New 3D printed organic photovoltaic works best under cloudy sky
Researchers at the National Physical Laboratory have claimed to have 3D printed an organic photovoltaic that work better on cloudy days, or say is at it’s maximum efficiency in low light conditions. Away from presently used crystalline silicon photovoltaic, these cells are made up of small organic molecules.
The molecules act as semi-conductors when exposed to solar radiation. According to the researchers, the tests showed that these new panels had only 10% efficiency on a clear sky, while it rose to 13% under cloudy conditions.
Cloudy sky is the worst enemy of all those who are either using present photovoltaic systems, or are making up their minds to switch to zero energy homes. For people living in regions which are under cloudy sky most of the year, like UK, it’s the greatest concern while one opts to switch to solar power. The trouble is that rest of the world is upto harnessing the best out of sun light; while some regions of the world receive a little piece of share.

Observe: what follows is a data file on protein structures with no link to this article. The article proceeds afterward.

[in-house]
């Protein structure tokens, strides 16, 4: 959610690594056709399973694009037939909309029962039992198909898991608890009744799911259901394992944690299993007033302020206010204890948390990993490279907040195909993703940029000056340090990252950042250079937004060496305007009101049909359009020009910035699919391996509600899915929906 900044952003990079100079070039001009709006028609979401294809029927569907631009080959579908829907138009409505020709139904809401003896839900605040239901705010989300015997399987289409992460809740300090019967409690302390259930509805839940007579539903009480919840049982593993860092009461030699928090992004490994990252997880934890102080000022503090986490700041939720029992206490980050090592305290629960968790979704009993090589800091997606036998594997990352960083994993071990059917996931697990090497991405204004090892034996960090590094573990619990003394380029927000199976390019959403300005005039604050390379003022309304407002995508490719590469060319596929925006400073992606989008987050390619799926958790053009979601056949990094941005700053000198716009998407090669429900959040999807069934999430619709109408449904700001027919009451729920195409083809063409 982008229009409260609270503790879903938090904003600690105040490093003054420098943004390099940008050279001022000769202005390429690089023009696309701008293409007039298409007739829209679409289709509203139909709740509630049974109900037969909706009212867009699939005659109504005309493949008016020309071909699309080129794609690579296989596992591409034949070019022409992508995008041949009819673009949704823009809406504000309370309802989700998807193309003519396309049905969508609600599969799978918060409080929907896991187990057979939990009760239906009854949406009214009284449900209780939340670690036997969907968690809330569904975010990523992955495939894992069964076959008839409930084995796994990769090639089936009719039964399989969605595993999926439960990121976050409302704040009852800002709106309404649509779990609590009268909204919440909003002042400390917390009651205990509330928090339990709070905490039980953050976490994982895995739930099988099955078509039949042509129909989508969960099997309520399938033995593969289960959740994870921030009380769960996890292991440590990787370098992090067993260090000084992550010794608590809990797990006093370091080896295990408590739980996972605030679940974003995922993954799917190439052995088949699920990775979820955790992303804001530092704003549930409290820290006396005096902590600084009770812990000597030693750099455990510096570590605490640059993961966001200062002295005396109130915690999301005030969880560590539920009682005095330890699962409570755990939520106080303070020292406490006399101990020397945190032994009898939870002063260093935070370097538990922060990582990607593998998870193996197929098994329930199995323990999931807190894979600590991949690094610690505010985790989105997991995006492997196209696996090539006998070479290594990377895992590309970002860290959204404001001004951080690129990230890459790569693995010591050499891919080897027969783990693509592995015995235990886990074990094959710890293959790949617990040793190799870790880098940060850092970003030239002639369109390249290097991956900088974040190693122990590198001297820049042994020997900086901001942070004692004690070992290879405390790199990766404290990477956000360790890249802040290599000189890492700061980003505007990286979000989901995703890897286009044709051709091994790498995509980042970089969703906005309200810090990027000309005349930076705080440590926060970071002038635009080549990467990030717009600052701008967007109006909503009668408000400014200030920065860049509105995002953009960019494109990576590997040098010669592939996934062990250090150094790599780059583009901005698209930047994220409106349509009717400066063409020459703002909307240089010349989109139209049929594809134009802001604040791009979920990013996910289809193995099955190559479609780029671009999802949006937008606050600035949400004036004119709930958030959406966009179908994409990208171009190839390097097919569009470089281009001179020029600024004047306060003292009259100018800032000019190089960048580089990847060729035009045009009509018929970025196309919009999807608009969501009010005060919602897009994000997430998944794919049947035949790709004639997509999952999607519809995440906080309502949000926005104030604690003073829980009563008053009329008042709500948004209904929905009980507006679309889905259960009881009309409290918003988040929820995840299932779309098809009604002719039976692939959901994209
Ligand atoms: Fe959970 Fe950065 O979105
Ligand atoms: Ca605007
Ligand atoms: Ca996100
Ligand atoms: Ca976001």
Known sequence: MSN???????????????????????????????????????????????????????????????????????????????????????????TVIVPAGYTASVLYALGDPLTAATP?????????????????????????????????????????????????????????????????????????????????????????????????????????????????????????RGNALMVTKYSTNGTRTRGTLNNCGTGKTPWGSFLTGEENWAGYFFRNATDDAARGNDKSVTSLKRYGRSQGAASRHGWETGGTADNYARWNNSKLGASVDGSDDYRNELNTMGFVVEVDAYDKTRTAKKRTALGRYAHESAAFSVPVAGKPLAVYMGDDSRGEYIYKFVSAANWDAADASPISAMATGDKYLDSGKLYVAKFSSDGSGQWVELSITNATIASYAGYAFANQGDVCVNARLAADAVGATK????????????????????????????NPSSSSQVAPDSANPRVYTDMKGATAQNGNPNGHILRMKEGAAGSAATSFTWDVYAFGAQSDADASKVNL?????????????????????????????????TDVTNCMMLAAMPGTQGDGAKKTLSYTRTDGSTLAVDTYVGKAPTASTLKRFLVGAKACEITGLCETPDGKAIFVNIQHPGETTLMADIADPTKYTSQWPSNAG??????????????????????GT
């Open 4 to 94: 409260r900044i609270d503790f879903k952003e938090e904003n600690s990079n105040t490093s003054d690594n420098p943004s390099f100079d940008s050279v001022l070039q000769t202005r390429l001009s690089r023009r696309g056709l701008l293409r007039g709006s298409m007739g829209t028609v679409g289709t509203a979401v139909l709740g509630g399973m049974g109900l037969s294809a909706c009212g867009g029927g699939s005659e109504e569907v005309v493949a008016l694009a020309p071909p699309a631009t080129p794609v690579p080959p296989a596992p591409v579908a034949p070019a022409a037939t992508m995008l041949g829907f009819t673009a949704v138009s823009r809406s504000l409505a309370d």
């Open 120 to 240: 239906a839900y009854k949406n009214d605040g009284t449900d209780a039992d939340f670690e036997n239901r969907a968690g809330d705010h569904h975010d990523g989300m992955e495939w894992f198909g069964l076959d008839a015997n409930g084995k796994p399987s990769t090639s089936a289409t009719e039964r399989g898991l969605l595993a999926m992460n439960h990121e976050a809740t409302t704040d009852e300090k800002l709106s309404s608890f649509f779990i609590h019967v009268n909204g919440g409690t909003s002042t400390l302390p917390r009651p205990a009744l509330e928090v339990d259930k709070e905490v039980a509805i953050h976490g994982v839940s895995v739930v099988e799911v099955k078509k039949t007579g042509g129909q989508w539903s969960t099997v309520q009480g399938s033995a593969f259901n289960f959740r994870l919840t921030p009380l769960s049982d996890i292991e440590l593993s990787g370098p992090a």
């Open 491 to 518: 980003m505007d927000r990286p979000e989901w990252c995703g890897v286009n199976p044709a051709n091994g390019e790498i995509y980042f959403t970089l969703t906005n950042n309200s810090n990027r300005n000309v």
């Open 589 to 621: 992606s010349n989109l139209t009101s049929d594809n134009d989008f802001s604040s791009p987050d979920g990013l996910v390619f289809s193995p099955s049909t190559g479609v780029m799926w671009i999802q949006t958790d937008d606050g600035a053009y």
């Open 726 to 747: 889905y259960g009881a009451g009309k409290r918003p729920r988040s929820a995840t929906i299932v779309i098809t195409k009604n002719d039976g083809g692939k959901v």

However, now, with these new 3D printed hyper-sensitive solar cells, this trouble is about to end very soon. Not only they’ll help the population with covered skies, but the scopes are beyond what we presently can imagine. The ability of the new organic compound to dissolve into a solution, to be printed into a variety of shapes, and ease of installation is likely to revolutionize the way surface of the daily stuff could be utilized to harness energy. The fabrics will turn into our personal gadget charging stations; the roofs will make our houses self-sufficient in terms of energy requirements. Similarly, the window glasses, car roofs, tables, and all that sees sunlight could be superimposed with these ultra-thin solar panels without spoiling the basic purpose of the objects.
The new technology is in testing stage presently, but the researchers hope to improve it in the coming years. The main game relies on increasing the efficiency of these organic photovoltaic, so that even a low surface area could yield more produce.